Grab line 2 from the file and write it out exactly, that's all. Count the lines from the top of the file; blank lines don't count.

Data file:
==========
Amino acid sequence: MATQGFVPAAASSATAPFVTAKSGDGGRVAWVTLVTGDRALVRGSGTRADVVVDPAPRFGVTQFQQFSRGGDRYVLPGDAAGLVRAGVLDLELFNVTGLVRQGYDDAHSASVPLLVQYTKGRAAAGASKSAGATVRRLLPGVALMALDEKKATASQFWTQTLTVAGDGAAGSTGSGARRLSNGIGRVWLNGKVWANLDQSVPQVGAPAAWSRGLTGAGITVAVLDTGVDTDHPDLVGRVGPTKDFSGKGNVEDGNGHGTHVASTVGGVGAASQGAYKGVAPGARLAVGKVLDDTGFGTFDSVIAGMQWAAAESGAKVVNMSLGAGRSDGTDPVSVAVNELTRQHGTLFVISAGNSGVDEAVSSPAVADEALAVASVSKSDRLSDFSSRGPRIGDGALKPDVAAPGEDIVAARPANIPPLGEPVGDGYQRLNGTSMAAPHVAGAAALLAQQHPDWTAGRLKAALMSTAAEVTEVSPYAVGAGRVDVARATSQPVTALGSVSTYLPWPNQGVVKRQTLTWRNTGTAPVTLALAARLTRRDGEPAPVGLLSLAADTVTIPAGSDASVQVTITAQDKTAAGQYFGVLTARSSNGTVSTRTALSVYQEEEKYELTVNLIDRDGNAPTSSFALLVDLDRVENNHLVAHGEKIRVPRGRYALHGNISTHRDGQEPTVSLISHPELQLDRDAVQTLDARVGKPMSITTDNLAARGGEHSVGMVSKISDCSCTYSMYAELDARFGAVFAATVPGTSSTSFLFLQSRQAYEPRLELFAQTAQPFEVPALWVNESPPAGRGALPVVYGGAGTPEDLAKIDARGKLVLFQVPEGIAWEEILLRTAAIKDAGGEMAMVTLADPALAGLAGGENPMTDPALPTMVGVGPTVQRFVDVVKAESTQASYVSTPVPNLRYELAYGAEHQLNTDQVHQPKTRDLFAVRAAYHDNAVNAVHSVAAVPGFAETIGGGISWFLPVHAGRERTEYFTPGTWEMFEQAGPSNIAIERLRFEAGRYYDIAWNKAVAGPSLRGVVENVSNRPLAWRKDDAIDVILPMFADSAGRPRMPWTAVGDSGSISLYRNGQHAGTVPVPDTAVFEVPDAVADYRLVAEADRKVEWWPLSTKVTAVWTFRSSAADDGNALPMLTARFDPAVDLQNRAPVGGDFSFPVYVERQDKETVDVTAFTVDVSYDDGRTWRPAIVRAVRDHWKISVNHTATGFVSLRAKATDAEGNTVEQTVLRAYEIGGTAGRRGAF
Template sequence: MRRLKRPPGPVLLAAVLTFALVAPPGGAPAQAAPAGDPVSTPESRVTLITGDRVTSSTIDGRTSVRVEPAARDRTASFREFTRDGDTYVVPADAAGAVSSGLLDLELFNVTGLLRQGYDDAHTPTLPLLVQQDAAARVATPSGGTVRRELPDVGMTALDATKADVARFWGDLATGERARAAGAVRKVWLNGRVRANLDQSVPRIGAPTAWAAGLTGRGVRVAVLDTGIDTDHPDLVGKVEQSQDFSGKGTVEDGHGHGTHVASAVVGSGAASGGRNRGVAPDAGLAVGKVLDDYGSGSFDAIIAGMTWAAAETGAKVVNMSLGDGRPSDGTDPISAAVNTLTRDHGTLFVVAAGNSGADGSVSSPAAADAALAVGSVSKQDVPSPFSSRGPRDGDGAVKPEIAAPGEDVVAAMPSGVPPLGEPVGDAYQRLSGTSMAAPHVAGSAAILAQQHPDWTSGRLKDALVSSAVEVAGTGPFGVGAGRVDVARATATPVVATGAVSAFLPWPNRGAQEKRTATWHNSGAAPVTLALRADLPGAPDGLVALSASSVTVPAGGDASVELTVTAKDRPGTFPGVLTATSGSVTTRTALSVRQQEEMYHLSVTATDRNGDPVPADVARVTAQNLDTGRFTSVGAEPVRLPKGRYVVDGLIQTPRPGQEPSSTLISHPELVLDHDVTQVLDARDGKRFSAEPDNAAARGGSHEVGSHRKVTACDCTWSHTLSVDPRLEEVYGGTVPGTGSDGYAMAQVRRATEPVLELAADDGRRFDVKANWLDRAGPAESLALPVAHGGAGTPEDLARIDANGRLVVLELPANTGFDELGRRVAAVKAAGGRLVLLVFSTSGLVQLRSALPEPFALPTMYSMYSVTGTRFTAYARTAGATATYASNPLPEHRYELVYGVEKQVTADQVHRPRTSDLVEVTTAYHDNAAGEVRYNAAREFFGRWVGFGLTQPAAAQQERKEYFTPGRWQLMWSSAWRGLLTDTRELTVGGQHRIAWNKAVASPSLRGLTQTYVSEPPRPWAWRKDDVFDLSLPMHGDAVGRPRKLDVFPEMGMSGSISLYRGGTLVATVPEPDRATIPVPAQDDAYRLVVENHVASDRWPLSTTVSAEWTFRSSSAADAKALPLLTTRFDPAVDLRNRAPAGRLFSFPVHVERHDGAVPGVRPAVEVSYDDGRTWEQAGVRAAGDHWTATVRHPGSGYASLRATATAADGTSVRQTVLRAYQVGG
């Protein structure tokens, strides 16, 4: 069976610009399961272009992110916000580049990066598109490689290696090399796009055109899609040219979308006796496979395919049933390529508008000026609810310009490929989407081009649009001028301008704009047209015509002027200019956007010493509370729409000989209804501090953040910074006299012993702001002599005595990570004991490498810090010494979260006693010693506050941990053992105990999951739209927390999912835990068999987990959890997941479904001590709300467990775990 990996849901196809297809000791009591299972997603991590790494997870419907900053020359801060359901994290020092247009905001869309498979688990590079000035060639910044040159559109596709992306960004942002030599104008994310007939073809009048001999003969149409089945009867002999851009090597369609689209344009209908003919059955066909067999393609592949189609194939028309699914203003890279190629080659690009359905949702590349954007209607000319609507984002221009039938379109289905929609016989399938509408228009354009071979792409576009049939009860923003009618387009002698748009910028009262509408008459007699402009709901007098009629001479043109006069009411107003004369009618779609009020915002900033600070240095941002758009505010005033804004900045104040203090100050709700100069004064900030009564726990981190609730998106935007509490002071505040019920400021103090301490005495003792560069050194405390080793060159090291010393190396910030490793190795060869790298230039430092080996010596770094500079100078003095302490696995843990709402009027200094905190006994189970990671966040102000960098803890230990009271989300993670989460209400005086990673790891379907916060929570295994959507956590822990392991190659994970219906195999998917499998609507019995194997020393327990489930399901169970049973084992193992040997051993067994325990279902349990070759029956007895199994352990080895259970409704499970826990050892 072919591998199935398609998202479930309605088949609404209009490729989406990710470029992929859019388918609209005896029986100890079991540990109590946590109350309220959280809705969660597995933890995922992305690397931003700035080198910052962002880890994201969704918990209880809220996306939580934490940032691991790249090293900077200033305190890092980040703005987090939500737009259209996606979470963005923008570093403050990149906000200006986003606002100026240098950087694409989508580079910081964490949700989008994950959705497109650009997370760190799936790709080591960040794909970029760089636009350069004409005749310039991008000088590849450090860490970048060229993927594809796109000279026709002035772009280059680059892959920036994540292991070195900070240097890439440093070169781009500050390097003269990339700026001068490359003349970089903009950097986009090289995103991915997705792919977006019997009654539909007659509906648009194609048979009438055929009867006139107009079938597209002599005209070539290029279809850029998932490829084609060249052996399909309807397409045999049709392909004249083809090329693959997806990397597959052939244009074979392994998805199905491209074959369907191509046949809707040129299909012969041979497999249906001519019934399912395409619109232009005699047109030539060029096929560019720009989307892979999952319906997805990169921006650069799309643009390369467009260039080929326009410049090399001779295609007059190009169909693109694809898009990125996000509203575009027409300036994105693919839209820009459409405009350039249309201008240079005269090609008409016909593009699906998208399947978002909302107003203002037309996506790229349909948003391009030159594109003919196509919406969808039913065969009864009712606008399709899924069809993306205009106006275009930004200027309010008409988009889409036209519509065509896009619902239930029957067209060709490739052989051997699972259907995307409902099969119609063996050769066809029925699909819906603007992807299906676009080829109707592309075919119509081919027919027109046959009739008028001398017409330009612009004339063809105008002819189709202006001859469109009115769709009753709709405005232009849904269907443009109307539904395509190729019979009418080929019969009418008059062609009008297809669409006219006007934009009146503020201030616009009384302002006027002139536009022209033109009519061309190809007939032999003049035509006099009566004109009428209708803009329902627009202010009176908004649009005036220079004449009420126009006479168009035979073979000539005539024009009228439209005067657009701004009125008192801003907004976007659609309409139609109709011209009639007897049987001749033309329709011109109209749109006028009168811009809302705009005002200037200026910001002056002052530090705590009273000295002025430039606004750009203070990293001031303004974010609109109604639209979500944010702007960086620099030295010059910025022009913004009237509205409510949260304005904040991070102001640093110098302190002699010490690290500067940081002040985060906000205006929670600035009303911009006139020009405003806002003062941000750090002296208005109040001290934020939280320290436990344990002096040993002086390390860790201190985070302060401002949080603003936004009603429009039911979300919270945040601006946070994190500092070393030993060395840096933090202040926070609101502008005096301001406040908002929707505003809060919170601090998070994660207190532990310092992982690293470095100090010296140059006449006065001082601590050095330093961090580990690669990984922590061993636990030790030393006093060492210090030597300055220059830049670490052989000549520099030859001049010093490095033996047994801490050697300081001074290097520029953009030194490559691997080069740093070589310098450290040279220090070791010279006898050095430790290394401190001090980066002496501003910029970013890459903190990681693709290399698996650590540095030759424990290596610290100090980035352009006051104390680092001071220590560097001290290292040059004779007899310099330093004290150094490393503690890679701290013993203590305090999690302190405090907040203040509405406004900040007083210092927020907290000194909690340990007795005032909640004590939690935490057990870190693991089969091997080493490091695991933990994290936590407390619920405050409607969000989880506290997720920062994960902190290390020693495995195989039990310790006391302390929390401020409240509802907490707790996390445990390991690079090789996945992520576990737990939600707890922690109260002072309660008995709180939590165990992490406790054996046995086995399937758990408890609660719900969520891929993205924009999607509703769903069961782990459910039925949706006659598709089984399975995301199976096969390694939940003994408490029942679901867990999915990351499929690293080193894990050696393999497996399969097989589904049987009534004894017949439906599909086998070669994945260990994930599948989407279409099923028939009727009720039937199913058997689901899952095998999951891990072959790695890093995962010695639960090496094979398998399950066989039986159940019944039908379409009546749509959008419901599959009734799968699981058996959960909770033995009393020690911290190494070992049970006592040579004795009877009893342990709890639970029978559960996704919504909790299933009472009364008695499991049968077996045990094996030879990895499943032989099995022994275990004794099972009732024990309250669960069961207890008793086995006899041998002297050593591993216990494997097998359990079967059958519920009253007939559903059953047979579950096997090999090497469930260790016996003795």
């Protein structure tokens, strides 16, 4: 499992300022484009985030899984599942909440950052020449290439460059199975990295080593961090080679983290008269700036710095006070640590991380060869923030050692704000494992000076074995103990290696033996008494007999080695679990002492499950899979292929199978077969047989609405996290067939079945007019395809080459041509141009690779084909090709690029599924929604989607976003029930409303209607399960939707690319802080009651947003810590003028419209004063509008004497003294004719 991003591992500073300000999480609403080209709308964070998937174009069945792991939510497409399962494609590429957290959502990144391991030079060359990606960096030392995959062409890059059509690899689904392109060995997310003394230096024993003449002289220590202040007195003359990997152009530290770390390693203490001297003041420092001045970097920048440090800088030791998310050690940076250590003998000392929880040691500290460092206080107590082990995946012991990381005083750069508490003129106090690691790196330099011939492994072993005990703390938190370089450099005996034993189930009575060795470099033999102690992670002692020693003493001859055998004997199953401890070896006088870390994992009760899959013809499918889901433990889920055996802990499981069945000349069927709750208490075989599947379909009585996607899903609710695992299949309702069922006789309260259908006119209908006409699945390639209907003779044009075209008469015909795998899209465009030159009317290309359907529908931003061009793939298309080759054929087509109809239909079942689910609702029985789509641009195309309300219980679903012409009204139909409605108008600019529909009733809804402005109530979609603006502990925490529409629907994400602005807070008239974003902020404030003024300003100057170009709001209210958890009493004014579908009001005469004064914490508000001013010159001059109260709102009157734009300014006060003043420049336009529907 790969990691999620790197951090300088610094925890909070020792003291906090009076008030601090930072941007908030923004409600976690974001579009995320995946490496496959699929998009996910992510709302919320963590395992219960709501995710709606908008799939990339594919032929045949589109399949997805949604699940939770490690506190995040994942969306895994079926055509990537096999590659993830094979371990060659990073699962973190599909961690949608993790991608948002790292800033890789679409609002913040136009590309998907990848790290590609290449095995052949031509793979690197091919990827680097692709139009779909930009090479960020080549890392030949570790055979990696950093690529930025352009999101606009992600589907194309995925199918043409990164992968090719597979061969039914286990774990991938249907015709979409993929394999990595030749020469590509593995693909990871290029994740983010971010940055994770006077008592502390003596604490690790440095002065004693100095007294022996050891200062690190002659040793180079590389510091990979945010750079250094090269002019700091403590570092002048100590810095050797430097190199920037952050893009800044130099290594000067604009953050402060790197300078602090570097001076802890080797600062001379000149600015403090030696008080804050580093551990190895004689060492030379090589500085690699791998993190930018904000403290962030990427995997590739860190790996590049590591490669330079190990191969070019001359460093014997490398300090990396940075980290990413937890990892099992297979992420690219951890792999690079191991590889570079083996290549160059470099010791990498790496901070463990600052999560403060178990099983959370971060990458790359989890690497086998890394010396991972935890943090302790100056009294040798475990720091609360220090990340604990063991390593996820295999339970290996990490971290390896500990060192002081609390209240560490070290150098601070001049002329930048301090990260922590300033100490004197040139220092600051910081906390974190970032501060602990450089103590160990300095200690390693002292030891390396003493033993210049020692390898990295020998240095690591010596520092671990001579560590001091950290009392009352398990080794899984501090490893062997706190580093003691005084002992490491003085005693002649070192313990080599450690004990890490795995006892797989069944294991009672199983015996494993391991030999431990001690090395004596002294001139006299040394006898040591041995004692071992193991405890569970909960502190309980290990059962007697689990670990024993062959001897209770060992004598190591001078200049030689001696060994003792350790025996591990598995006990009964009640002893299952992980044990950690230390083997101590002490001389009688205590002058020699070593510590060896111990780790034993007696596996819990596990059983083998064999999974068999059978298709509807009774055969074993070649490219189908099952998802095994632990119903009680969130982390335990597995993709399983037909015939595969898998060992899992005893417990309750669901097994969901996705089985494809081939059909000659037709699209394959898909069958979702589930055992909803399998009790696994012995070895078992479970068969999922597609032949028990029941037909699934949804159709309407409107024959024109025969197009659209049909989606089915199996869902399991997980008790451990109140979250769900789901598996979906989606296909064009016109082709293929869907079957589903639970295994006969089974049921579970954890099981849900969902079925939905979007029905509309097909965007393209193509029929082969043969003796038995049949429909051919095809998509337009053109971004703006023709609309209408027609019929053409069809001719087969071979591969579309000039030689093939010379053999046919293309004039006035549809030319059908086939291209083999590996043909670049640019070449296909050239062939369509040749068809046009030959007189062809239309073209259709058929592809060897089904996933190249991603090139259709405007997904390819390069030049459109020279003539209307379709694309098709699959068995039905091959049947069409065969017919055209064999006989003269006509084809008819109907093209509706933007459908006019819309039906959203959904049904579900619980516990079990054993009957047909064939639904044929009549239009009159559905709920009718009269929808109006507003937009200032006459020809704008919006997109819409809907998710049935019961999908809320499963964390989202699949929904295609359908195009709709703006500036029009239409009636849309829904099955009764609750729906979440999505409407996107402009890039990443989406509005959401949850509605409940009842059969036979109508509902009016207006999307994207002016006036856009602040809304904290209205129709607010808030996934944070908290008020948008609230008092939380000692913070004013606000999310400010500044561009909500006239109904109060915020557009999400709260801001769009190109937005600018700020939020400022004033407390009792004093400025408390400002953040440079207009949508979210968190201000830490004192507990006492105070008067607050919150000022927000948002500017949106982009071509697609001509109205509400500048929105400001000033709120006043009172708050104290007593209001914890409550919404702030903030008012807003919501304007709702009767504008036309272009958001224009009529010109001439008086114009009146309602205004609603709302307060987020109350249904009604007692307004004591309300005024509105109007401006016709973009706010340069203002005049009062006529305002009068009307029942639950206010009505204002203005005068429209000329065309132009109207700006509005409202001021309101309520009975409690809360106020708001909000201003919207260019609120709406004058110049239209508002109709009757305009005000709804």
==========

Template sequence: MRRLKRPPGPVLLAAVLTFALVAPPGGAPAQAAPAGDPVSTPESRVTLITGDRVTSSTIDGRTSVRVEPAARDRTASFREFTRDGDTYVVPADAAGAVSSGLLDLELFNVTGLLRQGYDDAHTPTLPLLVQQDAAARVATPSGGTVRRELPDVGMTALDATKADVARFWGDLATGERARAAGAVRKVWLNGRVRANLDQSVPRIGAPTAWAAGLTGRGVRVAVLDTGIDTDHPDLVGKVEQSQDFSGKGTVEDGHGHGTHVASAVVGSGAASGGRNRGVAPDAGLAVGKVLDDYGSGSFDAIIAGMTWAAAETGAKVVNMSLGDGRPSDGTDPISAAVNTLTRDHGTLFVVAAGNSGADGSVSSPAAADAALAVGSVSKQDVPSPFSSRGPRDGDGAVKPEIAAPGEDVVAAMPSGVPPLGEPVGDAYQRLSGTSMAAPHVAGSAAILAQQHPDWTSGRLKDALVSSAVEVAGTGPFGVGAGRVDVARATATPVVATGAVSAFLPWPNRGAQEKRTATWHNSGAAPVTLALRADLPGAPDGLVALSASSVTVPAGGDASVELTVTAKDRPGTFPGVLTATSGSVTTRTALSVRQQEEMYHLSVTATDRNGDPVPADVARVTAQNLDTGRFTSVGAEPVRLPKGRYVVDGLIQTPRPGQEPSSTLISHPELVLDHDVTQVLDARDGKRFSAEPDNAAARGGSHEVGSHRKVTACDCTWSHTLSVDPRLEEVYGGTVPGTGSDGYAMAQVRRATEPVLELAADDGRRFDVKANWLDRAGPAESLALPVAHGGAGTPEDLARIDANGRLVVLELPANTGFDELGRRVAAVKAAGGRLVLLVFSTSGLVQLRSALPEPFALPTMYSMYSVTGTRFTAYARTAGATATYASNPLPEHRYELVYGVEKQVTADQVHRPRTSDLVEVTTAYHDNAAGEVRYNAAREFFGRWVGFGLTQPAAAQQERKEYFTPGRWQLMWSSAWRGLLTDTRELTVGGQHRIAWNKAVASPSLRGLTQTYVSEPPRPWAWRKDDVFDLSLPMHGDAVGRPRKLDVFPEMGMSGSISLYRGGTLVATVPEPDRATIPVPAQDDAYRLVVENHVASDRWPLSTTVSAEWTFRSSSAADAKALPLLTTRFDPAVDLRNRAPAGRLFSFPVHVERHDGAVPGVRPAVEVSYDDGRTWEQAGVRAAGDHWTATVRHPGSGYASLRATATAADGTSVRQTVLRAYQVGG